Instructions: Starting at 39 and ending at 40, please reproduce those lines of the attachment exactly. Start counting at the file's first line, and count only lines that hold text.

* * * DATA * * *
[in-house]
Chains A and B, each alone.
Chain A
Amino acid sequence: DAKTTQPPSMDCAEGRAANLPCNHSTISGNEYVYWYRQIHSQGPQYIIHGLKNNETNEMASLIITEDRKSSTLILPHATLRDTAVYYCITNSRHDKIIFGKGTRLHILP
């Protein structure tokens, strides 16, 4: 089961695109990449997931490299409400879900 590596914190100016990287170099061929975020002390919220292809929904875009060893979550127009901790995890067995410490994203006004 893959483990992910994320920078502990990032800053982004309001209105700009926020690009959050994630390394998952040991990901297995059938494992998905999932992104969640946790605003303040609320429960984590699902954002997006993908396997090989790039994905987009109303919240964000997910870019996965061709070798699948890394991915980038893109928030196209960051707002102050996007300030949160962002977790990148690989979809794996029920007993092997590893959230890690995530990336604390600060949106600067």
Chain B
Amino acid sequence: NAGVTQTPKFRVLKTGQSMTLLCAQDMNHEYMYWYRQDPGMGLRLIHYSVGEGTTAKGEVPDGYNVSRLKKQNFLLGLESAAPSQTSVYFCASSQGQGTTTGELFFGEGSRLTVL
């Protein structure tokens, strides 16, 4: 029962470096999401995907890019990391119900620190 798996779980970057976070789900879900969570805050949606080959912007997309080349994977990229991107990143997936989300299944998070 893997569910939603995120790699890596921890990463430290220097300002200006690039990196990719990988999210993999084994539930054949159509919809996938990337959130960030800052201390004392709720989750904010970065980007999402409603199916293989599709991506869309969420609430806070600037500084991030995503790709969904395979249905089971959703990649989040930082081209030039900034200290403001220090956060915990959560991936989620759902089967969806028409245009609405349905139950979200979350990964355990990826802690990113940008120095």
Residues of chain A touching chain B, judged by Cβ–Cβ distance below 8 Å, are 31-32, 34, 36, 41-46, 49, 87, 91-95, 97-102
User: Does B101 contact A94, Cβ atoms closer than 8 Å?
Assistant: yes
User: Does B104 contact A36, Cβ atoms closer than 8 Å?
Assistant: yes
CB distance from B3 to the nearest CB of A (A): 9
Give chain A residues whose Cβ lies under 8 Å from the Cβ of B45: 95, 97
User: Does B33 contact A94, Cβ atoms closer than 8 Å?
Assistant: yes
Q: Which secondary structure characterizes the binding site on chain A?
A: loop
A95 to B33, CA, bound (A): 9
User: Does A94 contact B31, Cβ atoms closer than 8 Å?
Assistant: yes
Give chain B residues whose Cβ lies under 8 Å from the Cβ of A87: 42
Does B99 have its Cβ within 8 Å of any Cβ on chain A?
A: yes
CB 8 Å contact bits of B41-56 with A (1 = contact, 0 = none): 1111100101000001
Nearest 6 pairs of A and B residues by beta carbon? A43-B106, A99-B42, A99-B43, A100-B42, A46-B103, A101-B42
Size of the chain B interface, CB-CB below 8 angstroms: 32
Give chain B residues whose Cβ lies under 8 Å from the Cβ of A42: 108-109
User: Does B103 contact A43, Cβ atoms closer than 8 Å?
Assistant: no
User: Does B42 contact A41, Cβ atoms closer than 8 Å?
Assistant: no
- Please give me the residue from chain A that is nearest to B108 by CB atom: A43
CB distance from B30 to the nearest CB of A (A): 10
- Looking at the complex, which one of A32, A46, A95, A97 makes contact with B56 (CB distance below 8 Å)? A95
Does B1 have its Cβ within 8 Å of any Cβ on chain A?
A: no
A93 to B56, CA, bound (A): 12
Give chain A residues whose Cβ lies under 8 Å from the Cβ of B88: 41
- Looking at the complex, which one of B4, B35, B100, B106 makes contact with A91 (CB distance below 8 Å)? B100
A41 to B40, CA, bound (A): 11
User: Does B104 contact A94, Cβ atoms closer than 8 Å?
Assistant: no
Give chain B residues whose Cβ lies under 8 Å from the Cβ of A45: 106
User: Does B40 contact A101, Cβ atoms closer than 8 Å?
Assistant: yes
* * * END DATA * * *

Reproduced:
A93 to B56, CA, bound (A): 12
Give chain A residues whose Cβ lies under 8 Å from the Cβ of B88: 41